NYC Doormen Threaten First Strike In 30 Years
The labor-organizing bug has clearly caught on in NYC – from the Amazon warehouse employees who package and ship products to the doormen who receive the packages on the other end of the “last mile” and deliver them to their well-heeled residents.
One week after workers at an Amazon facility on Staten Island succeeded in their vote to unionize (a vote that the company is now trying to contest), a group of doormen for Manhattan’s elite buildings are driving a hard bargain, and threatening to go on strike if their demands aren’t met, in their latest round of contract negotiations, according to a report from WSJ.
The union plans to hold a vote on whether to strike on Wednesday.
An estimated 32,000 doormen, superintendents, maintenance workers and other residential-building staff could go on strike if an agreement isn’t reached before their contract expires April 20, according to their SEIU-32BJ union.
If the parties fail to reach a suitable agreement and the strike commences, it will be the union’s first strike since 1991, when work was stopped for 12 days.
Per WSJ, the biggest sticking point in negotiations comes down to health benefits. Under the current contract, workers don’t pay anything for family health-insurance premiums, but building owners are demanding that they should start shouldering part of the (rapidly-growing) cost of their health plans. However, a specific amount hasn’t been proposed.
Management says that the average worker pays a portion of their health-care costs, and that their workers should also pay their “fair share”.
“The average employee in the United States makes a contribution for family health coverage,” said Howard Rothschild, president of the Realty Advisory Board on Labor Relations, which represents building owners and agents. “We believe, in terms of this, our group of employees should pay their fair share.”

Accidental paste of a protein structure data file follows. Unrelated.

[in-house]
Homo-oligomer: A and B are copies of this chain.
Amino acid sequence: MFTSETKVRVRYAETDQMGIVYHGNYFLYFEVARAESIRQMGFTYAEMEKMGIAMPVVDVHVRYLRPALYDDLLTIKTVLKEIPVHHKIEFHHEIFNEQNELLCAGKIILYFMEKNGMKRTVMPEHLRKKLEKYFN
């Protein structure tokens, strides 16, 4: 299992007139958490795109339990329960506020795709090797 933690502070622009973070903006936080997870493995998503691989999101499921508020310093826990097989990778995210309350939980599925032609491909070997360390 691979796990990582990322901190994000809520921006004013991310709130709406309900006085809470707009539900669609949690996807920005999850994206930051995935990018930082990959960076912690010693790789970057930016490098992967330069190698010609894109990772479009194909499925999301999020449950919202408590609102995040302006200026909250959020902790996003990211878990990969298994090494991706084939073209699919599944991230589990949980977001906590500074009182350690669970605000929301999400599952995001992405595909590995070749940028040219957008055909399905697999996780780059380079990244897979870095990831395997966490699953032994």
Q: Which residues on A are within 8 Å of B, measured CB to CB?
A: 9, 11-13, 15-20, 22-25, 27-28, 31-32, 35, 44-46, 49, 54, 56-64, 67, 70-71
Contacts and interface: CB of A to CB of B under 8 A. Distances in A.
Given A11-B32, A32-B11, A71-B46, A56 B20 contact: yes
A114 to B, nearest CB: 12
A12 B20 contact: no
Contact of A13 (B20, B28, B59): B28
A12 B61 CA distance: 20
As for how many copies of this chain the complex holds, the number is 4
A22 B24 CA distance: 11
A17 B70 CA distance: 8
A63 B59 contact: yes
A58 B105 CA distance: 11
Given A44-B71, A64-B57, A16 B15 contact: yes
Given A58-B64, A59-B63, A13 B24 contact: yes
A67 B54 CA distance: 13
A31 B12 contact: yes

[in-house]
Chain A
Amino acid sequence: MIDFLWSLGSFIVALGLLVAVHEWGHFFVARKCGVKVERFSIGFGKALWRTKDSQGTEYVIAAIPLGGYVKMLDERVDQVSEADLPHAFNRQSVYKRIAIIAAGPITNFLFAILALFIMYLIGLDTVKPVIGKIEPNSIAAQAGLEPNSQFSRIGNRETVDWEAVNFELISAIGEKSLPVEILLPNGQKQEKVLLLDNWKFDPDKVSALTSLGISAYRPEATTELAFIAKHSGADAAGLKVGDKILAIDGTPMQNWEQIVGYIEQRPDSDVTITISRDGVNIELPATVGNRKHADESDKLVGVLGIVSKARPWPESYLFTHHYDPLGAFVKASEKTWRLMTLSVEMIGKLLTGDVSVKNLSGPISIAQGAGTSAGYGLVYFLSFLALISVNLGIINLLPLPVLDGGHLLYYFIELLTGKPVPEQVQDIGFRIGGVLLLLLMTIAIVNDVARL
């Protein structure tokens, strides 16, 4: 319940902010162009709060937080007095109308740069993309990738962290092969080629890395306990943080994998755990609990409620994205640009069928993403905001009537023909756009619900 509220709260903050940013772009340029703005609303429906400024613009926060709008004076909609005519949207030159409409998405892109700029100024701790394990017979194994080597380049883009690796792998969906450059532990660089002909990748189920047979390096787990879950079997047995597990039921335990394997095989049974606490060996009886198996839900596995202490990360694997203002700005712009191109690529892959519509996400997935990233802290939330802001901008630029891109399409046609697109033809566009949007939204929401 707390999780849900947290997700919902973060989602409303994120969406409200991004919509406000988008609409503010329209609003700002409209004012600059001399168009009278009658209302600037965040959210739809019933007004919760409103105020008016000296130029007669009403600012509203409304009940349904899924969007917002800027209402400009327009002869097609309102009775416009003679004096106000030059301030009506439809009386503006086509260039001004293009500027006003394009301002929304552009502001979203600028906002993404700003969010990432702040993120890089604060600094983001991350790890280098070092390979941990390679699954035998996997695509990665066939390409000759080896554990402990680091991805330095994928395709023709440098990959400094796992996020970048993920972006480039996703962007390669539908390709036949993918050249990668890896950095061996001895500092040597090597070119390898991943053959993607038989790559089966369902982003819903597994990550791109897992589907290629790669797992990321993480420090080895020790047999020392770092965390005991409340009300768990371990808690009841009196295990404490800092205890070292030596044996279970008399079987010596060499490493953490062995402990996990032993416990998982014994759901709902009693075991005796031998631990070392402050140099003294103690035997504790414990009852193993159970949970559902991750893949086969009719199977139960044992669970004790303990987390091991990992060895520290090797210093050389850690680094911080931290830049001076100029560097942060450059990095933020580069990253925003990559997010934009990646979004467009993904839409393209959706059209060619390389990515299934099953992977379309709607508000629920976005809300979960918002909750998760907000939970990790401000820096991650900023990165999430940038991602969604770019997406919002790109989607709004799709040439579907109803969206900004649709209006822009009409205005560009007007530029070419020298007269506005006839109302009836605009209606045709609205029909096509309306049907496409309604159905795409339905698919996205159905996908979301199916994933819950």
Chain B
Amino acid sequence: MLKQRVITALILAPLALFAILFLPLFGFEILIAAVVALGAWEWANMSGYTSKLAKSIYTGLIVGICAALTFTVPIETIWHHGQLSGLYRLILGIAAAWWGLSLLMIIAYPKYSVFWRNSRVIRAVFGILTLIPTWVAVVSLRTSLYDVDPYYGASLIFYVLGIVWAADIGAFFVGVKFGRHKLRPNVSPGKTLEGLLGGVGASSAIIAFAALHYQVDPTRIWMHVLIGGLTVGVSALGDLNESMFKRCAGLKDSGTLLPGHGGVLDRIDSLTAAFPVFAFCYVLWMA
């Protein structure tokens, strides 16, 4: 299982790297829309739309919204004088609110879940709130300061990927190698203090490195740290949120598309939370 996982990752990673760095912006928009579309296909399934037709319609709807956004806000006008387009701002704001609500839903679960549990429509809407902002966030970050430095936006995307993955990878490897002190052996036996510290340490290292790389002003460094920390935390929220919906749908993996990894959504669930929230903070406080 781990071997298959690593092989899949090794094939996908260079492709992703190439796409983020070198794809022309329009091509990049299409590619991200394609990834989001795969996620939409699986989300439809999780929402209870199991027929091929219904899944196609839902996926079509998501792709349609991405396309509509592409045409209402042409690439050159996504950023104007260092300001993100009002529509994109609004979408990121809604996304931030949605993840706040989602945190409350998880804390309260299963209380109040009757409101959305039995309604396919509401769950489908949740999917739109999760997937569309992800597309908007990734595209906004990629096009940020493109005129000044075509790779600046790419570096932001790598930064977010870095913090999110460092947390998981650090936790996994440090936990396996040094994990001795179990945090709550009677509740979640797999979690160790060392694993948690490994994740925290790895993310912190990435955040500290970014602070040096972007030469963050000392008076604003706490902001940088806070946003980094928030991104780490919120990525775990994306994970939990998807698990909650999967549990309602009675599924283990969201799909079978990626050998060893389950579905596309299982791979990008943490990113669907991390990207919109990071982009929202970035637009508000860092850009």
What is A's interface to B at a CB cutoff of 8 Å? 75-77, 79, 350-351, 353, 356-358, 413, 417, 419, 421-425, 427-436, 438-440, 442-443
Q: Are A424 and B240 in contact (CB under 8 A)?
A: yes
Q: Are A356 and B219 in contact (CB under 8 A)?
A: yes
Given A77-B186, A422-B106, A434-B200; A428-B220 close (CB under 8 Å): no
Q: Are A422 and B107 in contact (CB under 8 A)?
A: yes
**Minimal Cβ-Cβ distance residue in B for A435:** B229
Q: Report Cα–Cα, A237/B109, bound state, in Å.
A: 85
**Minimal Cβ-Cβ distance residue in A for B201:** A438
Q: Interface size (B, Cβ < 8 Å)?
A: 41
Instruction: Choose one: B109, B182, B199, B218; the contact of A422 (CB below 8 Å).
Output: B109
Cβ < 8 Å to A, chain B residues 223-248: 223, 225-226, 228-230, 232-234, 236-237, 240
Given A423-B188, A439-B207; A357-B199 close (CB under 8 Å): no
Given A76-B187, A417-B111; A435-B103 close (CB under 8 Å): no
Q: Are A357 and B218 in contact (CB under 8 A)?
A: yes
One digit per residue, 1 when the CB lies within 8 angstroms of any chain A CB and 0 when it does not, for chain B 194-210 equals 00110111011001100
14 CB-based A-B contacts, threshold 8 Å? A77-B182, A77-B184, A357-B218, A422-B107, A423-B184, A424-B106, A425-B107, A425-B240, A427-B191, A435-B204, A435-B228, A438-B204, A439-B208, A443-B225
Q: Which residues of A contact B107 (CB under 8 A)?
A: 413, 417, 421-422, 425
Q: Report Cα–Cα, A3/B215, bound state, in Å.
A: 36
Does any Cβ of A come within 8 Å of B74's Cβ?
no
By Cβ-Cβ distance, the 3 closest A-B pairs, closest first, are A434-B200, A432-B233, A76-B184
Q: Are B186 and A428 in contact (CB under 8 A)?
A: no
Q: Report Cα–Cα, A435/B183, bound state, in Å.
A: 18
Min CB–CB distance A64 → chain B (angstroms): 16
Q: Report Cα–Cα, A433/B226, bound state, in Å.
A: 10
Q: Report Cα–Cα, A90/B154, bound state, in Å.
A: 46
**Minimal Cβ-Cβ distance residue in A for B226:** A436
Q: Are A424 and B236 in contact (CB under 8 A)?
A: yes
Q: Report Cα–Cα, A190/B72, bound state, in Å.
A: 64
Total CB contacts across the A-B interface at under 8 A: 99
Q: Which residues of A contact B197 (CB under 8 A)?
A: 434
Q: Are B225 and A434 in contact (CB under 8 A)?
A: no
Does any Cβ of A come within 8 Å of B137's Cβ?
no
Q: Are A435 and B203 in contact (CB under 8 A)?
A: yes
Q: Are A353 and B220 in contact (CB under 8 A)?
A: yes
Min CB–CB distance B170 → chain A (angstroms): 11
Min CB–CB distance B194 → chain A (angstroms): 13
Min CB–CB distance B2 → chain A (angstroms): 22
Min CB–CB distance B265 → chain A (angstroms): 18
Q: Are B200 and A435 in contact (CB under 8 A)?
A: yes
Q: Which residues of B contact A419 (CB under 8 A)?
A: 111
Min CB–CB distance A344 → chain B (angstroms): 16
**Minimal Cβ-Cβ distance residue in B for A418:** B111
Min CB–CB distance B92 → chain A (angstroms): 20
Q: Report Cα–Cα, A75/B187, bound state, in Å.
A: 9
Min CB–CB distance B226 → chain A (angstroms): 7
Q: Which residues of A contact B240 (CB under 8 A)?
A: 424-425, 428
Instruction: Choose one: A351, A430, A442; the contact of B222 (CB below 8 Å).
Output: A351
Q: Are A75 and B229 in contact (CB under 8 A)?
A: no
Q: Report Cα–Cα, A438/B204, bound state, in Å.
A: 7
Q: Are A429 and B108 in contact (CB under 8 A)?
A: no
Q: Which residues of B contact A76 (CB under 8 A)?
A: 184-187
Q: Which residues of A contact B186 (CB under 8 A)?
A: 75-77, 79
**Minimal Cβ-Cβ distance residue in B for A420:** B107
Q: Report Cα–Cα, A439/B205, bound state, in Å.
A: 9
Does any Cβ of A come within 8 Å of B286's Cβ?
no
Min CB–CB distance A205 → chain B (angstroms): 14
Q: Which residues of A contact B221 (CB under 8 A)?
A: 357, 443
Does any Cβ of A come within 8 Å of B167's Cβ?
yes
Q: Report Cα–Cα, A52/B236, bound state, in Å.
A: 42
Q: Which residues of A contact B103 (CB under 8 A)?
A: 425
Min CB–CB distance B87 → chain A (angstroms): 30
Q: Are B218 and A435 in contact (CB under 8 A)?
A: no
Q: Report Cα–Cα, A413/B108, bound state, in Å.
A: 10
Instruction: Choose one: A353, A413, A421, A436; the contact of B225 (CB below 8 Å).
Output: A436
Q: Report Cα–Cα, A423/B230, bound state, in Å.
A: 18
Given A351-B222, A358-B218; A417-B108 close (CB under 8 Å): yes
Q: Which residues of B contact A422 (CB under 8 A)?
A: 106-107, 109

But union president Kyle Bragg says the workers – who earn an average of $55K a year – are being squeezed by rising costs and “…we won’t hesitate if we believe that we are being treated unfairly.”
Unsurprisingly, the WSJ managed to find some champagne socialists who live in the luxury high-rises to go on the record in support of the union’s efforts.
Aaron Craig, who lives in a luxury high-rise in the financial district, said he supports the workers even though his building’s management warned that residents would have to take out their own trash and retrieve food deliveries if doormen and other staff go on strike.
“I think it’s pretty clear that the union is in the right, so I hope they succeed,” said Mr. Craig, 33 years old, who works as a data scientist for a social-media company.
The paper also noted that the doormen were deemed “essential” workers and had to show up to work every day during the pandemic, while their well-heeled residents were able to flee to the suburbs.
Tyler Durden Wed, 04/13/2022 – 22:40